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Pan-European Licensing or Push-Me-Pull-You?

Last week the UK’s Performing Rights Society (PRS) succeeded in stopping their Dutch counterpart, Buma, from issuing unauthorised pan-European licenses for online music. Could this be a sign of the classic one-step-forward, two-steps-backward situation for the pan-European licensing initiative?

According to an article on Digital Music News, the Dutch licensing organisation BUMA implemented a pan-European rights package for an online store called Beatport, back in July 2008. However it appears they may have been premature in claiming that it covers worldwide repertoire even on works that belonged to other societies, (e.g. the portfolio included assets managed by the British Performing Rights Society (PRS)), and they got sued as a result – which makes a change from suing consumers!

On the surface, pan-European licensing simply makes good sense as it should greatly reduce the headache associated with collecting / reconciling royalties between the member states, and the European Commission has championed this by mandating a pan-European licensing system. Unfortunately, the various societies seem to be in direct competition with each other when it comes to administering works outside of their own particular territories hence this situation. According to a press release on the PRS website, this “important decision confirmed that collection societies cannot issue licences without the consent of rights holders and will ensure that the rights of all songwriters and music publishers will be fairly upheld throughout Europe.” It went further to state that this ruling confirms that “no society can issue licences without the express agreement of the other”.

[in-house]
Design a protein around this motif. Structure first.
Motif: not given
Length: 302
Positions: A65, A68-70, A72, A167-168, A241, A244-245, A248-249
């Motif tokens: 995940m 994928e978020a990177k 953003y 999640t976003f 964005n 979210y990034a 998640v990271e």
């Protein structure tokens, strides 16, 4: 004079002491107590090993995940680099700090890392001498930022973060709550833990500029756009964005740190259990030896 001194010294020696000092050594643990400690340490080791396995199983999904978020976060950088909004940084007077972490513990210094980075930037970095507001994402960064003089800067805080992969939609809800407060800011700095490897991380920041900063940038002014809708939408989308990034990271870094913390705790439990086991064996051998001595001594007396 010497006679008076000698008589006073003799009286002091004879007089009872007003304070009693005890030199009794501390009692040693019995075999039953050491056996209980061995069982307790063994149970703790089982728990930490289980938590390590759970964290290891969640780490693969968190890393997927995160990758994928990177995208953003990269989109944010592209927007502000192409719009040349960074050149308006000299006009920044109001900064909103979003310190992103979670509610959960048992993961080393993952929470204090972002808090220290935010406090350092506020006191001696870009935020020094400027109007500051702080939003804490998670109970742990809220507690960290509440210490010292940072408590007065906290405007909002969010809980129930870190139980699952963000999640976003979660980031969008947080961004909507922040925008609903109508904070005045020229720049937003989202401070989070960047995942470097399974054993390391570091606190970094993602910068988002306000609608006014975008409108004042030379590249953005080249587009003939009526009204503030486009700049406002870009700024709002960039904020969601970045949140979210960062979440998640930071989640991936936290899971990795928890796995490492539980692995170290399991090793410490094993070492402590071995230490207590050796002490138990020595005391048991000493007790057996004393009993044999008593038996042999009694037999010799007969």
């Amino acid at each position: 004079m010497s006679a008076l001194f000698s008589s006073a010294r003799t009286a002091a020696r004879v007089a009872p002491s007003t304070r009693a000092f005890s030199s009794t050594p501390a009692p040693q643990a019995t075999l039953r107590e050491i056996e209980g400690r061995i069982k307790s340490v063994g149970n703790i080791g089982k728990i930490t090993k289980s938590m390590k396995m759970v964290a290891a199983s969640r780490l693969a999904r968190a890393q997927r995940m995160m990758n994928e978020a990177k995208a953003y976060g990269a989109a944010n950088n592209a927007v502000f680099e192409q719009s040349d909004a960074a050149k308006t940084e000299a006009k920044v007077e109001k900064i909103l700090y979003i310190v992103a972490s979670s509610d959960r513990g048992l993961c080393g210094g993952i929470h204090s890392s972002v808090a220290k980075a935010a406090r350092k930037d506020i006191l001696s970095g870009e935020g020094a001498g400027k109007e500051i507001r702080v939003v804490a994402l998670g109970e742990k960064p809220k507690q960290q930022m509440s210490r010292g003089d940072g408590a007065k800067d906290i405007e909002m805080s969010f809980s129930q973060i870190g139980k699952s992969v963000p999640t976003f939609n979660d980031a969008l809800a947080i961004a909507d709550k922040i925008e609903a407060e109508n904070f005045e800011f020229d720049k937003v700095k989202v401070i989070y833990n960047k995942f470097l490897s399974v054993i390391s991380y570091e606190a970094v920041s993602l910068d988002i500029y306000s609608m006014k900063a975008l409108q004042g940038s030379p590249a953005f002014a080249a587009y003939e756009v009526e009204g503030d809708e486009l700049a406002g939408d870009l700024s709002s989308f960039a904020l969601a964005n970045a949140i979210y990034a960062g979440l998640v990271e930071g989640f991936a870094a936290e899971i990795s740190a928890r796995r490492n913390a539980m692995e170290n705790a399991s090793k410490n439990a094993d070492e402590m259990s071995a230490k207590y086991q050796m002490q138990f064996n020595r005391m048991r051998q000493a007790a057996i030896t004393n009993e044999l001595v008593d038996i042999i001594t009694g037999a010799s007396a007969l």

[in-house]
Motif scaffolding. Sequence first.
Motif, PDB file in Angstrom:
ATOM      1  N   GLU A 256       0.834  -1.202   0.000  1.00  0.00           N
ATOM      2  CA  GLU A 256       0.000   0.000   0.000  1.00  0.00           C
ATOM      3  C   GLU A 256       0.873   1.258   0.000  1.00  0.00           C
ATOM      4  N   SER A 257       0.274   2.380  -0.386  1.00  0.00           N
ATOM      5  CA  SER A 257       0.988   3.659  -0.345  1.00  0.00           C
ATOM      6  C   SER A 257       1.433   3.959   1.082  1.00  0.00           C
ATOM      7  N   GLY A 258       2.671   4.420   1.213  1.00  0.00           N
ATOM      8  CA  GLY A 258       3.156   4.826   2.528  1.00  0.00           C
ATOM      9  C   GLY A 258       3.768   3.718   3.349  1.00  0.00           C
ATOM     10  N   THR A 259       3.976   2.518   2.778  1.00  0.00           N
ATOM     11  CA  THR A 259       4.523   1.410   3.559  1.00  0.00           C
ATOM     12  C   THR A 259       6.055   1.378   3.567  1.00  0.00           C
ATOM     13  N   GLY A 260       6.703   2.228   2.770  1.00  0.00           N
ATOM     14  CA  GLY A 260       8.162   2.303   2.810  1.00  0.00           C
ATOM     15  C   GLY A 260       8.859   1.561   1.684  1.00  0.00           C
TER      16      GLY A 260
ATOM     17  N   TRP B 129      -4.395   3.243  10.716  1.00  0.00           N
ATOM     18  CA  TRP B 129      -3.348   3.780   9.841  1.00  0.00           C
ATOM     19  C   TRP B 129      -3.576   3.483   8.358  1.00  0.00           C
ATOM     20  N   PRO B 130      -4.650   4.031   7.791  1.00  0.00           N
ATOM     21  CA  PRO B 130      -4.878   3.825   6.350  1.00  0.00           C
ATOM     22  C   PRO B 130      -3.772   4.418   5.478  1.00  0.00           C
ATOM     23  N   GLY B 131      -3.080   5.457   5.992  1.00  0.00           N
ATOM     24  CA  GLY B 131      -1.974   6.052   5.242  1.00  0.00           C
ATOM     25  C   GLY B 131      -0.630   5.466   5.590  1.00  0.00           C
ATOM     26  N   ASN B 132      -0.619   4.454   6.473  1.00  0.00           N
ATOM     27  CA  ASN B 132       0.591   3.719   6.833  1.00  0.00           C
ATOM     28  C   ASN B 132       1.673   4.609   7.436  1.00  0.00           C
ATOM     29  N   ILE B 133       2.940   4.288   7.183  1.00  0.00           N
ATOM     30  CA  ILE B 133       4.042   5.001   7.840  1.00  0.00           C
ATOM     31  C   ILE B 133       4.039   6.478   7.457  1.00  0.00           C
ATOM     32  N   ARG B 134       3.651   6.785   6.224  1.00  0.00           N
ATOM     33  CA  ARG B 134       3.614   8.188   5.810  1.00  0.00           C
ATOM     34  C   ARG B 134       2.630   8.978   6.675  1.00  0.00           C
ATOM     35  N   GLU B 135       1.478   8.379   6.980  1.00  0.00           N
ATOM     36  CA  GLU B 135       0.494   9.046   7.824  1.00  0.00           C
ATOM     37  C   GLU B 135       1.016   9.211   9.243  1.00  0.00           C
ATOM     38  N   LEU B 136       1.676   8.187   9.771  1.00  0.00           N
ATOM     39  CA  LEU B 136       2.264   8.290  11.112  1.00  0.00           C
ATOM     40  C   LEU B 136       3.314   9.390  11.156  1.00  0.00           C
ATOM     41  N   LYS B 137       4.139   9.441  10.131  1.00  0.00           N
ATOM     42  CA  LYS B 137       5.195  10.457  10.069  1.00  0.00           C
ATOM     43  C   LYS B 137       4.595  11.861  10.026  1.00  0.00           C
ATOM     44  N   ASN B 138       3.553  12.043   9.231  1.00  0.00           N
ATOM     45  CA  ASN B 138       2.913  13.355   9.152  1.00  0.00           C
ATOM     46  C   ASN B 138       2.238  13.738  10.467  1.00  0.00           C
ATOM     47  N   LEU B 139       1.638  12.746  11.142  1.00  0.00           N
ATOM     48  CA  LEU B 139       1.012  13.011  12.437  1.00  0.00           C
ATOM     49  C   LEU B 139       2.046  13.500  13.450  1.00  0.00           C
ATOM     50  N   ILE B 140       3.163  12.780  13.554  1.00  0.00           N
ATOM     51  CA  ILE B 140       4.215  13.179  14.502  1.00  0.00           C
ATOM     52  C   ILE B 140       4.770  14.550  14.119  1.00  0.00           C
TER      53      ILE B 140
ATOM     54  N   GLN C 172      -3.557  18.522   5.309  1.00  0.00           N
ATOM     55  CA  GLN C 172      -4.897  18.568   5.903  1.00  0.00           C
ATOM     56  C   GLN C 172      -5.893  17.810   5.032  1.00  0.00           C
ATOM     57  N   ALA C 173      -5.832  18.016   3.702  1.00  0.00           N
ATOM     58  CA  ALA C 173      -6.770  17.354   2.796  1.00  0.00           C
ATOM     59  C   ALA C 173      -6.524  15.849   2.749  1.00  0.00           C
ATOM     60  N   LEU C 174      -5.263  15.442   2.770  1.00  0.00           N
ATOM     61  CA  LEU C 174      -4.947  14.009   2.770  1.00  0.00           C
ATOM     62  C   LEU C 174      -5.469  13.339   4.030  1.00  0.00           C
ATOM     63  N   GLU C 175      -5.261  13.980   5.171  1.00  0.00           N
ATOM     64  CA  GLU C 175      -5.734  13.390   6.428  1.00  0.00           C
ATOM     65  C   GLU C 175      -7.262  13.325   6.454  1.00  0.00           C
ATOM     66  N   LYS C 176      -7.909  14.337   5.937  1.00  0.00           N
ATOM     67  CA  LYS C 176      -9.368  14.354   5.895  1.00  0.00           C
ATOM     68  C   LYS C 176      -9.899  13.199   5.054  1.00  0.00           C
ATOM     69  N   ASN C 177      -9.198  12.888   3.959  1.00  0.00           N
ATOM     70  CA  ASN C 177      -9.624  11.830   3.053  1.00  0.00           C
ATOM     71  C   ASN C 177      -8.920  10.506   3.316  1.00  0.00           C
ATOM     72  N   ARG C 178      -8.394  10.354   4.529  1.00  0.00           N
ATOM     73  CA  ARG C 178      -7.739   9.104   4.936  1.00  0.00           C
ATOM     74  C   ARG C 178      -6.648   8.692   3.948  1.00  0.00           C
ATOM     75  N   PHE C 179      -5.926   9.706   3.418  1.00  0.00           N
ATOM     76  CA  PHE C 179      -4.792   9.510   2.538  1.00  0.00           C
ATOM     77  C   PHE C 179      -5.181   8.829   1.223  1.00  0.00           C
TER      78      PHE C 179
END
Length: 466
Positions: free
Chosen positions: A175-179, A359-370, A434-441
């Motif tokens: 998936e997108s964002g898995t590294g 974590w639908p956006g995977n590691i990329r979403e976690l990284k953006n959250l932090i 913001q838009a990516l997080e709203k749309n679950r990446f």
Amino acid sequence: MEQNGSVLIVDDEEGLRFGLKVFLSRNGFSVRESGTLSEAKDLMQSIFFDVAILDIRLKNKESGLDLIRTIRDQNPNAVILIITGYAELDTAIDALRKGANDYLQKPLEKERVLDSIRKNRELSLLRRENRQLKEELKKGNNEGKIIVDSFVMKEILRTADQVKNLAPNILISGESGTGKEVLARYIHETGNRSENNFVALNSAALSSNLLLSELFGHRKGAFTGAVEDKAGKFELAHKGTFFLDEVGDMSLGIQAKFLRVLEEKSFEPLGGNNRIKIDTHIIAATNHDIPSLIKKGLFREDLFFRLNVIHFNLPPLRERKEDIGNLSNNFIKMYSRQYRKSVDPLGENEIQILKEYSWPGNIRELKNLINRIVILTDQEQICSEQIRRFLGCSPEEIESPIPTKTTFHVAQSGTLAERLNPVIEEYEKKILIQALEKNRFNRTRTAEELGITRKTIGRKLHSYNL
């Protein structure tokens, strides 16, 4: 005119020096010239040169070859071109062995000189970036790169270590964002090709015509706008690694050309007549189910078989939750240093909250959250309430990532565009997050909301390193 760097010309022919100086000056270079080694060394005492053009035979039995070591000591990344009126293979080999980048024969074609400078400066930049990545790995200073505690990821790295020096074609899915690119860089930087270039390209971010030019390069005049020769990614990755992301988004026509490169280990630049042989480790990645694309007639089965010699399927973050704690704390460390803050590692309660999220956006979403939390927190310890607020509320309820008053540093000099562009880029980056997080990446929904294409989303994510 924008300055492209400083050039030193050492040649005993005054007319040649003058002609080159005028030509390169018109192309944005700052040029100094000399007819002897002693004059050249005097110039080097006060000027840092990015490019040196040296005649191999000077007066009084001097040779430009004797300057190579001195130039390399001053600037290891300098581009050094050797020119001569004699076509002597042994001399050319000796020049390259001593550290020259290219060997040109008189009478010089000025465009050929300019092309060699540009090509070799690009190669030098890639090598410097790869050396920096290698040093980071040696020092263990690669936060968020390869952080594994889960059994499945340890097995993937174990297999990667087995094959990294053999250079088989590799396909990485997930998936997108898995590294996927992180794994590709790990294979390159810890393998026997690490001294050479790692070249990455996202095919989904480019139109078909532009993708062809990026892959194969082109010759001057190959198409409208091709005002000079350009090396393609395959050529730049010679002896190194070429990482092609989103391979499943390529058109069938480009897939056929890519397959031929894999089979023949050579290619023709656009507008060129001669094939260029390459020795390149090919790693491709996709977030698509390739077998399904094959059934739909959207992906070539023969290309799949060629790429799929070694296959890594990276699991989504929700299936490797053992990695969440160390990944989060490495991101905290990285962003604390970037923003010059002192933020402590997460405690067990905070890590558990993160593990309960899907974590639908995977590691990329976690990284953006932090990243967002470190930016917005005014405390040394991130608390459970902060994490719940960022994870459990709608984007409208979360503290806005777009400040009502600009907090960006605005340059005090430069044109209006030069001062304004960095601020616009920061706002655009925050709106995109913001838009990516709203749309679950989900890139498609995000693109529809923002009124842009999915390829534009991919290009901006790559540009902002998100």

This is all well and good so far, until we consider the fact that just last month the European Commission was still pushing for the removal of all impediments to the pan-European licensing system, including such “territorial restrictions that prevent a collecting society from offering licences to commercial users outside their domestic territory” (see Billboard’s Industry News coverage of the same story). Now far be it for me to question the intentions of any royalty collecting society, but surely if progress lies in a pan-European, or global, reciprocal licensing system, (as opposed to the country-by-country, society-based competitive mish-mash we currently have), then who stands to gain the most by keeping this current system in play? Answers please anyone?

Blog Awards Note. This blog was voted runner up in the recent ComputerWeekly Blog Awards 08 (under the Web2.0 and business blogs category). Congrats to the category winner, TechCrunch UK, and my sincere thanks to all those who voted for me. Next time it will be gold. Promise.

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